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From Nicholas Chammas <>
Subject Re: example of non-line oriented input data?
Date Mon, 17 Mar 2014 17:08:22 GMT
Hmm, so I lucked out with my data source in that it comes to me as
line-delimited JSON, so I didn't have to write code to massage it into that

If you are prepared to make several assumptions about your data (let's say
it's JSON), it should be straightforward to write some kind of
pre-processor that splits it out into lines just by counting and matching
open and closed braces. You'll have to assume, for example, that your JSON
is well formed and that values themselves don't contain braces, but that
may be okay for your purposes. If you want it to be more involved, there's this
post <> on "lazily" reading JSON
objects from a file stream.

And if all of this is too much, just stick with deserializing the entire
document at once and take it from there.


On Mon, Mar 17, 2014 at 11:56 AM, Diana Carroll <>wrote:

> I don't actually have any data.  I'm writing a course that teaches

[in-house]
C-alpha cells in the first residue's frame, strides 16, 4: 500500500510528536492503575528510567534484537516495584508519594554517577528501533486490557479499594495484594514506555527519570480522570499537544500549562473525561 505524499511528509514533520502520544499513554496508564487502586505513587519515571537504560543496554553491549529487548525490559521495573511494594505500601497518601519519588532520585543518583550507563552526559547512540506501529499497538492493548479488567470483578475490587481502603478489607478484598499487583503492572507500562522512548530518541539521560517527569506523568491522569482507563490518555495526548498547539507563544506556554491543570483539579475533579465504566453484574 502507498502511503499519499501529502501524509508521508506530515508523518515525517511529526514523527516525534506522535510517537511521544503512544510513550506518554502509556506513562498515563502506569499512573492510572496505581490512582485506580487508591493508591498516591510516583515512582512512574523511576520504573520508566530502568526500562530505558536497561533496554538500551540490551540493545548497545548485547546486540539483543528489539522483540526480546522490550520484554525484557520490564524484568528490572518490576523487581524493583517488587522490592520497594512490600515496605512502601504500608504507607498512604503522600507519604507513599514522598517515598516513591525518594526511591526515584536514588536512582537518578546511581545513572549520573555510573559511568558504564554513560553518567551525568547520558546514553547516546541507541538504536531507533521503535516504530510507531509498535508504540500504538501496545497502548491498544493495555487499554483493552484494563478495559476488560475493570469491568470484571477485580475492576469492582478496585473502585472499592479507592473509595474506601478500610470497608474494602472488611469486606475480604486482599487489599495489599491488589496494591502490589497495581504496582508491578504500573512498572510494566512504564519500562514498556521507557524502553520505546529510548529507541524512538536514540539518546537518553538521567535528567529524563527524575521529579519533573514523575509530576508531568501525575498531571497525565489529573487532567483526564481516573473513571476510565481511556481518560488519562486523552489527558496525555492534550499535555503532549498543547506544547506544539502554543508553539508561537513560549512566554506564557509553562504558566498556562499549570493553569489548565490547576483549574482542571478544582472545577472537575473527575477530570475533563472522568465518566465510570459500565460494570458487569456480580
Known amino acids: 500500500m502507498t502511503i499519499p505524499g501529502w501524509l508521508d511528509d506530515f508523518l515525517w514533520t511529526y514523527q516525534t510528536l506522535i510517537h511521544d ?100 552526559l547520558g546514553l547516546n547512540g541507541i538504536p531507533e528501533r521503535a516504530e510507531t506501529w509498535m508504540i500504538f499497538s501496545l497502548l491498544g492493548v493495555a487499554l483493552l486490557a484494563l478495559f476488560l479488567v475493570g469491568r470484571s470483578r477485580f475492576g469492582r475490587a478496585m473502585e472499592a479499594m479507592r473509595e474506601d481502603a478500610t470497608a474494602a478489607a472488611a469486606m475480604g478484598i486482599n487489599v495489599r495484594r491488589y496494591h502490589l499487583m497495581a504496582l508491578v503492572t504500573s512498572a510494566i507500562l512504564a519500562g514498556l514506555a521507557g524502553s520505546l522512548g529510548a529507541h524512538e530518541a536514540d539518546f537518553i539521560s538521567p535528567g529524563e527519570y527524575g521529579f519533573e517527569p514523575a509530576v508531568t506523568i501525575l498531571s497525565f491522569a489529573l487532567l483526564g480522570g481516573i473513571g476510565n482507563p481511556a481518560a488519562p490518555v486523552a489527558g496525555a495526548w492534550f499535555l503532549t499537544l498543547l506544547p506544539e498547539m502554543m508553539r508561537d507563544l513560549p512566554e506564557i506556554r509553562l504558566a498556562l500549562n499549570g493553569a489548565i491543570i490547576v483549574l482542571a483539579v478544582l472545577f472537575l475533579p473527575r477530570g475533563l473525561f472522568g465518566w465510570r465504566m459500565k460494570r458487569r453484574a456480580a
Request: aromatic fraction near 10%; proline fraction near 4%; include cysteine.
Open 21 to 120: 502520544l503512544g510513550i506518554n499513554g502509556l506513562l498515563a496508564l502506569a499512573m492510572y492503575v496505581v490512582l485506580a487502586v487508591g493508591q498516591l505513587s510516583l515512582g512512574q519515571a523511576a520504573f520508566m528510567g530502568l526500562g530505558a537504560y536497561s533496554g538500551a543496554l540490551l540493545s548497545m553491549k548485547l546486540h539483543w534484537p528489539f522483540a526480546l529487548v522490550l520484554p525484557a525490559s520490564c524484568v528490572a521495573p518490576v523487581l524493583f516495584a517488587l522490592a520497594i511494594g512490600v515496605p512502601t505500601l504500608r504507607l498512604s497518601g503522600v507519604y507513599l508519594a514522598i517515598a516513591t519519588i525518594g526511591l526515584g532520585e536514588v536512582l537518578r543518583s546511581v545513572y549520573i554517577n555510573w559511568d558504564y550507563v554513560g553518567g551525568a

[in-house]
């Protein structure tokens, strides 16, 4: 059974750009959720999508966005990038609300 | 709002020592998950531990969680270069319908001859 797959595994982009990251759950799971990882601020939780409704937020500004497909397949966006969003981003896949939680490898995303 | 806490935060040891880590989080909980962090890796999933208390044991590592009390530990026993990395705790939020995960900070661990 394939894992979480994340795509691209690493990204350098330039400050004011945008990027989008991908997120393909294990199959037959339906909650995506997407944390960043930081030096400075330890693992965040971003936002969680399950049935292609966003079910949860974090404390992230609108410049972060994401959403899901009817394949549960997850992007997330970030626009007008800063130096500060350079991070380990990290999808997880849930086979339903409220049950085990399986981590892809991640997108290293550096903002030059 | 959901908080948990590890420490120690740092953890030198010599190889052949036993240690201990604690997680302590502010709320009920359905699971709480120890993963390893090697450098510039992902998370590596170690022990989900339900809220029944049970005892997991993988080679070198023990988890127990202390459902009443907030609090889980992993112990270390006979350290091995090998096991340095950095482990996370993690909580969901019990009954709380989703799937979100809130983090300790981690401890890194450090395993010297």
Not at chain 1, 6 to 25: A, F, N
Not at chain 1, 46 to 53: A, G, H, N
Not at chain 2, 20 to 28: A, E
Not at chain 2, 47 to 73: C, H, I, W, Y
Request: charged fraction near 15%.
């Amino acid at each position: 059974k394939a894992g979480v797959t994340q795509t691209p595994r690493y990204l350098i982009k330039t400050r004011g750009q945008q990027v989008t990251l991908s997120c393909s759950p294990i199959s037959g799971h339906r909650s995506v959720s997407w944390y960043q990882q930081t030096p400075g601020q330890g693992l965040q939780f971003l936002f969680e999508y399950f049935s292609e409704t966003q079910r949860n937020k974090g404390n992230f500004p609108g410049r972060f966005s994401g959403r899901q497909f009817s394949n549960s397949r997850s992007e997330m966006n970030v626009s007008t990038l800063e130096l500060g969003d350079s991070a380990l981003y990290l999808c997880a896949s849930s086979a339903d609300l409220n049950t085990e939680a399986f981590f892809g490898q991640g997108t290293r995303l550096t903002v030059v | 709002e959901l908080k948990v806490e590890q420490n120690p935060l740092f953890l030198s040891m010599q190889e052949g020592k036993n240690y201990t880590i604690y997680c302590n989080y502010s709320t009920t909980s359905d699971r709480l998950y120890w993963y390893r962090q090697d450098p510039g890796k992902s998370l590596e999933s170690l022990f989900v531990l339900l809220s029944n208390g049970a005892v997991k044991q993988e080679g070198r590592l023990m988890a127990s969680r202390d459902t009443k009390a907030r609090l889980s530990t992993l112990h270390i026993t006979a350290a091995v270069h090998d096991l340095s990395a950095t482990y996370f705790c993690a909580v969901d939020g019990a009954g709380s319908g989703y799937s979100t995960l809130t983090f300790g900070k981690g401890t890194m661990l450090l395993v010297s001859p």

> students how to do this sort of thing and am interested in looking at a
> variety of real life examples of people doing things like that.  I'd love
> to see some working code implementing the "obvious work-around" you
> you have any to share?  It's an approach that makes a lot of
> sense, and as I said, I'd love to not have to re-invent the wheel if
> someone else has already written that code.  Thanks!
> Diana
> On Mon, Mar 17, 2014 at 11:35 AM, Nicholas Chammas <
>> wrote:
>> There was a previous discussion about this here:
>> How big are the XML or JSON files you're looking to deal with?
>> It may not be practical to deserialize the entire document at once. In
>> that case an obvious work-around would be to have some kind of
>> pre-processing step that separates XML nodes/JSON objects with newlines so
>> that you *can* analyze the data with Spark in a "line-oriented format".
>> Your preprocessor wouldn't have to parse/deserialize the massive document;
>> it would just have to track open/closed tags/braces to know when to insert
>> a newline.
>> Then you'd just open the line-delimited result and deserialize the
>> individual objects/nodes with map().
>> Nick
>> On Mon, Mar 17, 2014 at 11:18 AM, Diana Carroll <>wrote:
>>> Has anyone got a working example of a Spark application that analyzes
>>> data in a non-line-oriented format, such as XML or JSON?  I'd like to do
>>> this without re-inventing the wheel...anyone care to share?  Thanks!
>>> Diana

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